"I have had several conversations with the president on the issue of the disposal of the Grand Regency hotel. As I have indicated before, my conscience is very clear on the role of the treasury and specifically myself in this matter," he said.

Kimunya's resignation, if it is accepted by Mwai Kibaki, Kenya's president, would weaken the coalition cabinet.

The executive was formed earlier this year after deadly clashes broke out in the wake of a disputed general election in December.

Hotel 'undervalued'

Kimunya has been accused by his critics of having deliberately undervalued the hotel in a sale conducted by the government last month.

One cabinet minister mocked the sale price as not enough to cover the cost of the furniture inside.

A Kenyan subsidiary of a Libyan firm bought the hotel.

Kimunya's resignation comes after a vote of no confidence in the Kenyan parliament.

Kenya's coalition cabinet could be affected by Kimunya's exit [AFP]
Leaked government documents suggest the hotel was sold for $28m, but Kimunya says a price of $45m was agreed.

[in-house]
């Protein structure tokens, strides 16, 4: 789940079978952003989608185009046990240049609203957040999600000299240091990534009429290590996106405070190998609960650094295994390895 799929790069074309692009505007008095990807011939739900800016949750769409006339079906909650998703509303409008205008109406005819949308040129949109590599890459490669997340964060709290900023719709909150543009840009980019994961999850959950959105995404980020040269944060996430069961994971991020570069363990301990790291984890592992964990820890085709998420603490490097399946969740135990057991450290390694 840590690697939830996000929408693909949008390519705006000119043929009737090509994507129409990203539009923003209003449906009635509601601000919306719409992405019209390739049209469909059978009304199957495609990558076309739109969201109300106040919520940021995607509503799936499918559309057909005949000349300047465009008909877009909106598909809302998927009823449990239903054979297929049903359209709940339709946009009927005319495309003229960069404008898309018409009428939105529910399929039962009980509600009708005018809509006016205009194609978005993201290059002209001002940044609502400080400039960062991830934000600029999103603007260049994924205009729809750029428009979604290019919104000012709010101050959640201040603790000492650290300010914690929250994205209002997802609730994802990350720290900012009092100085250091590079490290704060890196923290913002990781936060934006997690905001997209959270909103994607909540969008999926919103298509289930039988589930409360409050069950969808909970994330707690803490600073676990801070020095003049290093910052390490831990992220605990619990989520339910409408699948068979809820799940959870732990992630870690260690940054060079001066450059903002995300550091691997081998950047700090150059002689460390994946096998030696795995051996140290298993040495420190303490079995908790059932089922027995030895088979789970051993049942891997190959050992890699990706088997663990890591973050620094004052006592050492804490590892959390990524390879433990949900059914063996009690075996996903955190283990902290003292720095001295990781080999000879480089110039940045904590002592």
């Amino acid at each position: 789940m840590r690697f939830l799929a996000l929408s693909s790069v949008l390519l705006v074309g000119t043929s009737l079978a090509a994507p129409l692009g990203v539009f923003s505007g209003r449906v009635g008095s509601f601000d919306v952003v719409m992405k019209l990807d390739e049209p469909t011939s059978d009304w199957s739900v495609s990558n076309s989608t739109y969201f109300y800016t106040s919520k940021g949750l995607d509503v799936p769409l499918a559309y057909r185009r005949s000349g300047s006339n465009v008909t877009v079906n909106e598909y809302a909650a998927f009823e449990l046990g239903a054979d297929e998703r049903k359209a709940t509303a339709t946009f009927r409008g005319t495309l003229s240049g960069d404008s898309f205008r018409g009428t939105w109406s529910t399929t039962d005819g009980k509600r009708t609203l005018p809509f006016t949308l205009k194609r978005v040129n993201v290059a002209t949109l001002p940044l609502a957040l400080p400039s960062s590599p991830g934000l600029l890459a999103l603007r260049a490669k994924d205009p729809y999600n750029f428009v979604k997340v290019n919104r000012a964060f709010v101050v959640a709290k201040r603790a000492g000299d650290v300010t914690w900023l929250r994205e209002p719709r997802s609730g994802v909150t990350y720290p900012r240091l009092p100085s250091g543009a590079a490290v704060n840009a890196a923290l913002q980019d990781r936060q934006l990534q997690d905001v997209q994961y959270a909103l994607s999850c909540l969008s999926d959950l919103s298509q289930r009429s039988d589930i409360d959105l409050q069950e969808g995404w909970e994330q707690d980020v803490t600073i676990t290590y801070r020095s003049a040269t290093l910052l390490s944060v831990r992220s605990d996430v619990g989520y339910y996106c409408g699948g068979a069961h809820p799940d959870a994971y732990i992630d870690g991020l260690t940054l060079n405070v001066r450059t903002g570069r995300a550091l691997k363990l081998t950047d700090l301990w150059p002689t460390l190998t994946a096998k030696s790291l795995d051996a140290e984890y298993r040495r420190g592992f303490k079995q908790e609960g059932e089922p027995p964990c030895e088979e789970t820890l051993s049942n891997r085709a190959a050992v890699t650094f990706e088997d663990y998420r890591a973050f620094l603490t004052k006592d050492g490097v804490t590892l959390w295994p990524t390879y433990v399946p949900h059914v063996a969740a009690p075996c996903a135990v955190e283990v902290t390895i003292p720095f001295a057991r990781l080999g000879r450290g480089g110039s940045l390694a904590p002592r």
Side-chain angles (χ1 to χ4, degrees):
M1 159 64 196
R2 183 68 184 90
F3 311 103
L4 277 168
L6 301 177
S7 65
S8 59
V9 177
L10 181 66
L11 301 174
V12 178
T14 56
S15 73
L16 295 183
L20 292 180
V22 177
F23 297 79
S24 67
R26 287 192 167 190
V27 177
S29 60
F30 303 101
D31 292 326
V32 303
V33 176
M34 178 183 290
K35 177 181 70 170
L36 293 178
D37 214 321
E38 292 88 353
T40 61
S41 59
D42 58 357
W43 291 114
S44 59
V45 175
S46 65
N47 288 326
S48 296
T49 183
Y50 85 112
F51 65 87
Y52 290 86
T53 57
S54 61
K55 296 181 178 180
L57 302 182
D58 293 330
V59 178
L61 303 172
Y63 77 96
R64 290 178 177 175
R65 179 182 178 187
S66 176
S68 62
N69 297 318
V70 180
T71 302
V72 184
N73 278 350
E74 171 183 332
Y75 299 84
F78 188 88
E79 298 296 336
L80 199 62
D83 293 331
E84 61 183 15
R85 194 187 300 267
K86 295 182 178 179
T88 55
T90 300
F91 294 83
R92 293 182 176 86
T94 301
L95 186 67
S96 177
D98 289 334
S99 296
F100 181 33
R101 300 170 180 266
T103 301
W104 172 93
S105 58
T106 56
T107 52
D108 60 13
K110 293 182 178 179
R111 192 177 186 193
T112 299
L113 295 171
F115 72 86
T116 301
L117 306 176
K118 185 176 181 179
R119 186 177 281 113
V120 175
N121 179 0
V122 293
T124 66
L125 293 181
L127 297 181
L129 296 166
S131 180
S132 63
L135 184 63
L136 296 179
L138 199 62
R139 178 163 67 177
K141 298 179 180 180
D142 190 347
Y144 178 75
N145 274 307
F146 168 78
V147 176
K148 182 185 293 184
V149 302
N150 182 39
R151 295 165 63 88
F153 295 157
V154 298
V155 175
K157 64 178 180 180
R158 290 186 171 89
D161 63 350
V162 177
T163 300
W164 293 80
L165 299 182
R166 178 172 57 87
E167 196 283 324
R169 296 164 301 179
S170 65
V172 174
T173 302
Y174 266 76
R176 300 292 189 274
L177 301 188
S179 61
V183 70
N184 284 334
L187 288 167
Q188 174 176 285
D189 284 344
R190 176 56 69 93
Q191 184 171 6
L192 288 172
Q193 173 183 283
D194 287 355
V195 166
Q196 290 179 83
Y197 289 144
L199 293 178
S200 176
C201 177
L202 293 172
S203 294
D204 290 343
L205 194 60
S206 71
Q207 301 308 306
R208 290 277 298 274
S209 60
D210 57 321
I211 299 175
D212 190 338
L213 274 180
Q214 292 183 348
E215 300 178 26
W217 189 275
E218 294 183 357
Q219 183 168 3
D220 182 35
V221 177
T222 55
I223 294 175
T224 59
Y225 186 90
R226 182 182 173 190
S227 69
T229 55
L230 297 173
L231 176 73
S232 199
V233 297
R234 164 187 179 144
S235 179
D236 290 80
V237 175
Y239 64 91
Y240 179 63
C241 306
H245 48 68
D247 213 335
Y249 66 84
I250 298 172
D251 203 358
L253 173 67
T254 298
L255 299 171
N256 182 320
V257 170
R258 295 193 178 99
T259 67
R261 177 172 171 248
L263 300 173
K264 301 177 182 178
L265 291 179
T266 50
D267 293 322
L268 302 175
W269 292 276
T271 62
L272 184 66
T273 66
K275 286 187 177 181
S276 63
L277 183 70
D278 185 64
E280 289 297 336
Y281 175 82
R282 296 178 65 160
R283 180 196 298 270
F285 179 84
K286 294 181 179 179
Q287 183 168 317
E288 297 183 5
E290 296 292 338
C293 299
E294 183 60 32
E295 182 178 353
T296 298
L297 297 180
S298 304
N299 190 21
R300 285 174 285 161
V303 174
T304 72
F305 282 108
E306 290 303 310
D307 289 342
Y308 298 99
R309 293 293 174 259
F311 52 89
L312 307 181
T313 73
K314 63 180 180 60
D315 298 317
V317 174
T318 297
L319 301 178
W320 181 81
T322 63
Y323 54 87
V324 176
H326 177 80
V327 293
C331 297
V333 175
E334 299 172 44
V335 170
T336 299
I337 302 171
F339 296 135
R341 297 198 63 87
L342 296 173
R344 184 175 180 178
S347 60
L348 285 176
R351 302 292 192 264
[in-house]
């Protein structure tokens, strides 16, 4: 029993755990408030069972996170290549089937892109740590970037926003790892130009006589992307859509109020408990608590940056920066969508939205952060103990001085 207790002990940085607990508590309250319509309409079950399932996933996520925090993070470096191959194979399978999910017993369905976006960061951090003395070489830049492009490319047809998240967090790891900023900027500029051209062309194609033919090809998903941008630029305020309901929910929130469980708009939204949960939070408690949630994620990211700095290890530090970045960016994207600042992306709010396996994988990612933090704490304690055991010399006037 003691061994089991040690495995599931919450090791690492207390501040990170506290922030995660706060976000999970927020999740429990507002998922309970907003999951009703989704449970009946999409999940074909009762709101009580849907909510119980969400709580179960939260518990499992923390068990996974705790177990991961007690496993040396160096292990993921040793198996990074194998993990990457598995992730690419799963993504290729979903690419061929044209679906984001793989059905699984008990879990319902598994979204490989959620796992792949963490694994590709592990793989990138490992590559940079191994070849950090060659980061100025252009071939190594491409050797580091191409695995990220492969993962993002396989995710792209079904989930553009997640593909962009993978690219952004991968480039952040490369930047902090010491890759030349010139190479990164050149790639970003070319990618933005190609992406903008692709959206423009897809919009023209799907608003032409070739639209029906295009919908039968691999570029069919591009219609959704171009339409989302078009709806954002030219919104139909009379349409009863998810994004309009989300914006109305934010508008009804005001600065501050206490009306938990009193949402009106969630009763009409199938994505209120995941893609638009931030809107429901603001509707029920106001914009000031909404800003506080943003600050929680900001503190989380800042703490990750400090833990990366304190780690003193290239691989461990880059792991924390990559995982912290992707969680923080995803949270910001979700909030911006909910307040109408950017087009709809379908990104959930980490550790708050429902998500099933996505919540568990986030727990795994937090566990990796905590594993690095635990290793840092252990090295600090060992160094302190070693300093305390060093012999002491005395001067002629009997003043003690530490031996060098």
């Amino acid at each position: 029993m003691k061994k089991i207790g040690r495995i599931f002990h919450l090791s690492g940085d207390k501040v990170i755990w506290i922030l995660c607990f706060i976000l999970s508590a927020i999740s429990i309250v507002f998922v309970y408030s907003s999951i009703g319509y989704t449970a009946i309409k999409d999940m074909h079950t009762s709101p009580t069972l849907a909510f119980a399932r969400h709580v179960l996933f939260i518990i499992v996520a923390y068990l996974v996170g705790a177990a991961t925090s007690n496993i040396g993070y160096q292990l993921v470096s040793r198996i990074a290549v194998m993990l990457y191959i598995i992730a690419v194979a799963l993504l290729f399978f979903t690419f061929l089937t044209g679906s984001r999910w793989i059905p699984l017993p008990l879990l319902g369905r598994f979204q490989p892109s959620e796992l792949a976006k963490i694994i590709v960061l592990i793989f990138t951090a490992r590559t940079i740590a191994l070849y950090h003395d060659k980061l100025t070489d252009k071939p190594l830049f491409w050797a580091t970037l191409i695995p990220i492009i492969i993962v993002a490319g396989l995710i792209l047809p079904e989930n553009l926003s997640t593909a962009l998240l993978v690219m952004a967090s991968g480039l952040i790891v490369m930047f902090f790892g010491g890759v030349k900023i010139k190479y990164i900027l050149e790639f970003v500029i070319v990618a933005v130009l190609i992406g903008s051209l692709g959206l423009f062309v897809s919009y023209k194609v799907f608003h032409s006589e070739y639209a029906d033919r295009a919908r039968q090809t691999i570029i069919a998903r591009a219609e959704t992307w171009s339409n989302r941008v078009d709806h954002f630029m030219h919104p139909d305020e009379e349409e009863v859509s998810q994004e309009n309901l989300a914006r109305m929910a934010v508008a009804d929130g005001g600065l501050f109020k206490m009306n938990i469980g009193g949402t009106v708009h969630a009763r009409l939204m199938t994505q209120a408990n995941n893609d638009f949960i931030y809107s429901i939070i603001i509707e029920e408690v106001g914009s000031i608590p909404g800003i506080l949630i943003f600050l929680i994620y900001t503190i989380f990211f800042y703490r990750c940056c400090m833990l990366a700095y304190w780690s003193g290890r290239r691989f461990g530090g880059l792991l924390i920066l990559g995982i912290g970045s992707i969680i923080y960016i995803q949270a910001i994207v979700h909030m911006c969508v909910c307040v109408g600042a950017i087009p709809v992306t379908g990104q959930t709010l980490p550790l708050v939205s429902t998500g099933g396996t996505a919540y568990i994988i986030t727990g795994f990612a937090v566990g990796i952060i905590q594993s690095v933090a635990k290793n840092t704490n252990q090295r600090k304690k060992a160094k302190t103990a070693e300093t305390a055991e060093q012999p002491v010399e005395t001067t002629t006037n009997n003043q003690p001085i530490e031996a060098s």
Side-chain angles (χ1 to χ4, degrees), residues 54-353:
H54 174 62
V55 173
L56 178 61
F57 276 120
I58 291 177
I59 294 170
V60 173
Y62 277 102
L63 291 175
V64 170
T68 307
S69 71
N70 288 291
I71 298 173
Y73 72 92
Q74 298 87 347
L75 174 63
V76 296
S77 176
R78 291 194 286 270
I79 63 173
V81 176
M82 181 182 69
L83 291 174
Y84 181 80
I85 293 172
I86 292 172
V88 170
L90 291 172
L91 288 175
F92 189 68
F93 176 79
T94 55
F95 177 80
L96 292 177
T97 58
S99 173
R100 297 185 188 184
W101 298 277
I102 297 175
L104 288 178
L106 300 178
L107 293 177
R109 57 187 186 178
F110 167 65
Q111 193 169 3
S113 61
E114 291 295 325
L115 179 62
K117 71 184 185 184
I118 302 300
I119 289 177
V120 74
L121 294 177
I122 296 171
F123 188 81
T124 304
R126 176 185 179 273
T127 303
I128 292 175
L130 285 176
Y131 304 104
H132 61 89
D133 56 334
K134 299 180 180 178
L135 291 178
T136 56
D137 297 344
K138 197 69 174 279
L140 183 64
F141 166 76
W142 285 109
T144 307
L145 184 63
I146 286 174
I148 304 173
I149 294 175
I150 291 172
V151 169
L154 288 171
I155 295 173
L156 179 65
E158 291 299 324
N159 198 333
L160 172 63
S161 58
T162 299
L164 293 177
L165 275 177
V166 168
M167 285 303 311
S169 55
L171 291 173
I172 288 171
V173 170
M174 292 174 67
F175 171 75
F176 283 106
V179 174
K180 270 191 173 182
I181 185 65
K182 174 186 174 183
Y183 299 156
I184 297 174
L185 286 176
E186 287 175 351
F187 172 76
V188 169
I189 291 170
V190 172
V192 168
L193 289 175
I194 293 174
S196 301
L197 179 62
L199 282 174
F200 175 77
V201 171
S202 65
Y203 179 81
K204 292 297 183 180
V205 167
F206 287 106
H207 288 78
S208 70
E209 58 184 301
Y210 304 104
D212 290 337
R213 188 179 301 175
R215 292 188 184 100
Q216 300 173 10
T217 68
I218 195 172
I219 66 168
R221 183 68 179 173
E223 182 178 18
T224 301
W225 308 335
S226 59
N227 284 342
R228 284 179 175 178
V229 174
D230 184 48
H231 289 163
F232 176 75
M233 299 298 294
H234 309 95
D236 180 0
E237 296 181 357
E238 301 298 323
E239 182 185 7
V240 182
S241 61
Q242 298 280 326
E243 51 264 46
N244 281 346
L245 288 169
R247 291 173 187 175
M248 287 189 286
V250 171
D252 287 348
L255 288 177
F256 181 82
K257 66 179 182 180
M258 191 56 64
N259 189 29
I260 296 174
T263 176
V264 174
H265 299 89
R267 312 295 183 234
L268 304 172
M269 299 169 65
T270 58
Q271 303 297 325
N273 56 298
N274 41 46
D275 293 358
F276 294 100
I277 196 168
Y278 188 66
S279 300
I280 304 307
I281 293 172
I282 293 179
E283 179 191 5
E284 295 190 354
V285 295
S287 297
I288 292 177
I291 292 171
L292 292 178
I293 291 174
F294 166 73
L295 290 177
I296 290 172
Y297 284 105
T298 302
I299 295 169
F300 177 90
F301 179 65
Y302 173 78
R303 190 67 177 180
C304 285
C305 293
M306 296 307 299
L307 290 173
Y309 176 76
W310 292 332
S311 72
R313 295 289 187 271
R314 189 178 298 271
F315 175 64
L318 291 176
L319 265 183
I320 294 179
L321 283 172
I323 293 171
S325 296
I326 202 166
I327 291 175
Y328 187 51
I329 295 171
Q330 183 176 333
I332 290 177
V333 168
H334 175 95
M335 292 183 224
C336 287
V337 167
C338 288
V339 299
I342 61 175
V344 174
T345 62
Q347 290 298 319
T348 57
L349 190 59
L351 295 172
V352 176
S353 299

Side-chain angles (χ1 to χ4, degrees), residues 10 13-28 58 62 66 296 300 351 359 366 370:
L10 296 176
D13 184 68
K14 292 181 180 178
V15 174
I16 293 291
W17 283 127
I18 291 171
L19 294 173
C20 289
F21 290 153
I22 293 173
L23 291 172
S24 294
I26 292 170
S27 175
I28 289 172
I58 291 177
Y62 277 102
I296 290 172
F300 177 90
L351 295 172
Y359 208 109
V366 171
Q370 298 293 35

Libyan officials say the sale was conducted with the knowledge of the Kenyan government but some cabinet ministers have dismissed that claim.

Kimunya is an ally of Kibaki, who remained president after the general election despite claims by Raila Odinga, his opponent, that he had rigged the vote.

The dispute over the presidency sparked ethnic violence that left at least 1,500 people dead and displaced hundreds of thousands.

Kibaki remained in his post in a power-sharing deal, while Odinga was made prime minister.

Observers say that the exit of a minister loyal to Kibaki could lead to a cabinet reshuffle.